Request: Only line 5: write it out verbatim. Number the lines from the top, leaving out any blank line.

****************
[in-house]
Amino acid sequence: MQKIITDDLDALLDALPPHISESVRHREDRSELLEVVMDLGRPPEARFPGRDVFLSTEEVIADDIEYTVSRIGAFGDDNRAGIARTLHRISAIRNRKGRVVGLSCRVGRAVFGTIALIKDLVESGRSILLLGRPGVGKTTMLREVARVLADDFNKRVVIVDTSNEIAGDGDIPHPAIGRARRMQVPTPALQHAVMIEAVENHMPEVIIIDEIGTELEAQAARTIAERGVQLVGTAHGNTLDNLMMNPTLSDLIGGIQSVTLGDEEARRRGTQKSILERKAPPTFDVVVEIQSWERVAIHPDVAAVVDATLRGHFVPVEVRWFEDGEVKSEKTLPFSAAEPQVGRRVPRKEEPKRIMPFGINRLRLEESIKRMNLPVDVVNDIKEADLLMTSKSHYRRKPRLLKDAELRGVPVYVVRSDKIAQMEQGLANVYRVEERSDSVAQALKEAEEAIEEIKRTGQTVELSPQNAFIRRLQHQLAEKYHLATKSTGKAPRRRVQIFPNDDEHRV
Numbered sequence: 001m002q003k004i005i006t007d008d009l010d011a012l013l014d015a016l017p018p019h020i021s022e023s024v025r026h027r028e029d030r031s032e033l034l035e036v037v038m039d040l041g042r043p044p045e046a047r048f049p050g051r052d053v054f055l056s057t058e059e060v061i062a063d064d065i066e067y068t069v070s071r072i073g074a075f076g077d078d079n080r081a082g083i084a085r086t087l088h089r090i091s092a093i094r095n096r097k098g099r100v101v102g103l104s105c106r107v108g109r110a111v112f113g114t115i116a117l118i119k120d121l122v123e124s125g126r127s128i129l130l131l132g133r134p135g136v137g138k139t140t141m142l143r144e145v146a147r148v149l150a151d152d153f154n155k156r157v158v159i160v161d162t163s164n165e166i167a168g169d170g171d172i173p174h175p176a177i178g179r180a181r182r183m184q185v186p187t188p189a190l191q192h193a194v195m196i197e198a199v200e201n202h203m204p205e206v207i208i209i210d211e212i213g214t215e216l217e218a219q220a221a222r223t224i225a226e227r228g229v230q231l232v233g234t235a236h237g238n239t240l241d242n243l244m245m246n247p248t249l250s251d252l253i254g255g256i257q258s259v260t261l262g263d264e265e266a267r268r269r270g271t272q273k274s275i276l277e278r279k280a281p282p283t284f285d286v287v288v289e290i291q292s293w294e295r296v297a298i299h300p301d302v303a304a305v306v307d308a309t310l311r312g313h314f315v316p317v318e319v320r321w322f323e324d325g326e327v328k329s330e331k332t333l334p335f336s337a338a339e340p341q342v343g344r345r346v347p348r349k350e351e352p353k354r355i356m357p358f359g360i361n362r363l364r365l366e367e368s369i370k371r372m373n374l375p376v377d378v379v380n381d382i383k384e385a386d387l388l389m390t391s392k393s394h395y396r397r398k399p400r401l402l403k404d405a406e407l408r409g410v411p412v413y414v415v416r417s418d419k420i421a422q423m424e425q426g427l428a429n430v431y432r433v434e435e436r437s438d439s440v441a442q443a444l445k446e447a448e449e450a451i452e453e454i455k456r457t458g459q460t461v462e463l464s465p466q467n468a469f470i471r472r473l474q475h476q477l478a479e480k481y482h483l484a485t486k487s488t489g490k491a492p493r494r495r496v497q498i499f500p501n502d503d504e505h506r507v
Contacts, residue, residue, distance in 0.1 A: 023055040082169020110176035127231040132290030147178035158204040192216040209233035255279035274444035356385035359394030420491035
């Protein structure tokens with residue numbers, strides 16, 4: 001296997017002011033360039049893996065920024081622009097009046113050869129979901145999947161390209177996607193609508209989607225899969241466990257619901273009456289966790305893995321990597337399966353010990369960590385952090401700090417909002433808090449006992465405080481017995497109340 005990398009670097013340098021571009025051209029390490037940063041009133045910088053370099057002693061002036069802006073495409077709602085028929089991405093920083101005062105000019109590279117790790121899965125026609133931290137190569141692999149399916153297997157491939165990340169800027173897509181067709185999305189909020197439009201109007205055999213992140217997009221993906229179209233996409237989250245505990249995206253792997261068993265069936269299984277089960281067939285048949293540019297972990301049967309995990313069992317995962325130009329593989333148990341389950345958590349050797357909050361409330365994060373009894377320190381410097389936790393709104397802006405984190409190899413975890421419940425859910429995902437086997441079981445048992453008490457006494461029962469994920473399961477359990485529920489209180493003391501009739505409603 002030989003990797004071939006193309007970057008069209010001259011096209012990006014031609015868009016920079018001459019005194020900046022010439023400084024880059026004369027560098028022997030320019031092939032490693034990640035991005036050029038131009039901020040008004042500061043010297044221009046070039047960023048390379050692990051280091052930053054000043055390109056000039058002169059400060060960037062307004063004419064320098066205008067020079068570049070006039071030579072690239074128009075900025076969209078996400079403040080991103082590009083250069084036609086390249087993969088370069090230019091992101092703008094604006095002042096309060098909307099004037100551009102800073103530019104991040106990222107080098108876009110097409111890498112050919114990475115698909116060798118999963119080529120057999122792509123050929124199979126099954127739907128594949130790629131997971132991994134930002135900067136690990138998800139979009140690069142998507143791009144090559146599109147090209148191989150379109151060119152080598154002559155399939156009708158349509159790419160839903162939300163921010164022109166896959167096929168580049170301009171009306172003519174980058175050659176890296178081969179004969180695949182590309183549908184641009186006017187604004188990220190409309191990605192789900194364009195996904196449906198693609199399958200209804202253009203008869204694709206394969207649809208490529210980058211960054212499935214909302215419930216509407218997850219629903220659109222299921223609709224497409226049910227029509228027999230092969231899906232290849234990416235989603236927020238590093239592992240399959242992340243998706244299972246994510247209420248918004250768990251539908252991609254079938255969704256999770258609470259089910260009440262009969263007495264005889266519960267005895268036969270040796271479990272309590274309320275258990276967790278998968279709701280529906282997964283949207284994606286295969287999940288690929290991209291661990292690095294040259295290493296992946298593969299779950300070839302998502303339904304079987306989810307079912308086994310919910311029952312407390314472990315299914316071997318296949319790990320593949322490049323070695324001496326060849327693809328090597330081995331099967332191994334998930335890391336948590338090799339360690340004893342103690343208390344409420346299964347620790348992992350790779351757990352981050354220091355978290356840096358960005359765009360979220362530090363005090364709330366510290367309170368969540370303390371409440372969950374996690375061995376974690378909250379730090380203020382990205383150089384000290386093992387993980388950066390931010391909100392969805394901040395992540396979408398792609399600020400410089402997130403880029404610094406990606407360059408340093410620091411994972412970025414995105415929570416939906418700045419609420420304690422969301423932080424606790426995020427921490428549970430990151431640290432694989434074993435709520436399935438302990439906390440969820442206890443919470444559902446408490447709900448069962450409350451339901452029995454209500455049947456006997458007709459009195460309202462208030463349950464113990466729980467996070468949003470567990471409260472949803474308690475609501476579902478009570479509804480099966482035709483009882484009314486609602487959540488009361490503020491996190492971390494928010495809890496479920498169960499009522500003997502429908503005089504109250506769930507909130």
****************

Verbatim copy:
């Protein structure tokens with residue numbers, strides 16, 4: 001296997017002011033360039049893996065920024081622009097009046113050869129979901145999947161390209177996607193609508209989607225899969241466990257619901273009456289966790305893995321990597337399966353010990369960590385952090401700090417909002433808090449006992465405080481017995497109340 005990398009670097013340098021571009025051209029390490037940063041009133045910088053370099057002693061002036069802006073495409077709602085028929089991405093920083101005062105000019109590279117790790121899965125026609133931290137190569141692999149399916153297997157491939165990340169800027173897509181067709185999305189909020197439009201109007205055999213992140217997009221993906229179209233996409237989250245505990249995206253792997261068993265069936269299984277089960281067939285048949293540019297972990301049967309995990313069992317995962325130009329593989333148990341389950345958590349050797357909050361409330365994060373009894377320190381410097389936790393709104397802006405984190409190899413975890421419940425859910429995902437086997441079981445048992453008490457006494461029962469994920473399961477359990485529920489209180493003391501009739505409603 002030989003990797004071939006193309007970057008069209010001259011096209012990006014031609015868009016920079018001459019005194020900046022010439023400084024880059026004369027560098028022997030320019031092939032490693034990640035991005036050029038131009039901020040008004042500061043010297044221009046070039047960023048390379050692990051280091052930053054000043055390109056000039058002169059400060060960037062307004063004419064320098066205008067020079068570049070006039071030579072690239074128009075900025076969209078996400079403040080991103082590009083250069084036609086390249087993969088370069090230019091992101092703008094604006095002042096309060098909307099004037100551009102800073103530019104991040106990222107080098108876009110097409111890498112050919114990475115698909116060798118999963119080529120057999122792509123050929124199979126099954127739907128594949130790629131997971132991994134930002135900067136690990138998800139979009140690069142998507143791009144090559146599109147090209148191989150379109151060119152080598154002559155399939156009708158349509159790419160839903162939300163921010164022109166896959167096929168580049170301009171009306172003519174980058175050659176890296178081969179004969180695949182590309183549908184641009186006017187604004188990220190409309191990605192789900194364009195996904196449906198693609199399958200209804202253009203008869204694709206394969207649809208490529210980058211960054212499935214909302215419930216509407218997850219629903220659109222299921223609709224497409226049910227029509228027999230092969231899906232290849234990416235989603236927020238590093239592992240399959242992340243998706244299972246994510247209420248918004250768990251539908252991609254079938255969704256999770258609470259089910260009440262009969263007495264005889266519960267005895268036969270040796271479990272309590274309320275258990276967790278998968279709701280529906282997964283949207284994606286295969287999940288690929290991209291661990292690095294040259295290493296992946298593969299779950300070839302998502303339904304079987306989810307079912308086994310919910311029952312407390314472990315299914316071997318296949319790990320593949322490049323070695324001496326060849327693809328090597330081995331099967332191994334998930335890391336948590338090799339360690340004893342103690343208390344409420346299964347620790348992992350790779351757990352981050354220091355978290356840096358960005359765009360979220362530090363005090364709330366510290367309170368969540370303390371409440372969950374996690375061995376974690378909250379730090380203020382990205383150089384000290386093992387993980388950066390931010391909100392969805394901040395992540396979408398792609399600020400410089402997130403880029404610094406990606407360059408340093410620091411994972412970025414995105415929570416939906418700045419609420420304690422969301423932080424606790426995020427921490428549970430990151431640290432694989434074993435709520436399935438302990439906390440969820442206890443919470444559902446408490447709900448069962450409350451339901452029995454209500455049947456006997458007709459009195460309202462208030463349950464113990466729980467996070468949003470567990471409260472949803474308690475609501476579902478009570479509804480099966482035709483009882484009314486609602487959540488009361490503020491996190492971390494928010495809890496479920498169960499009522500003997502429908503005089504109250506769930507909130």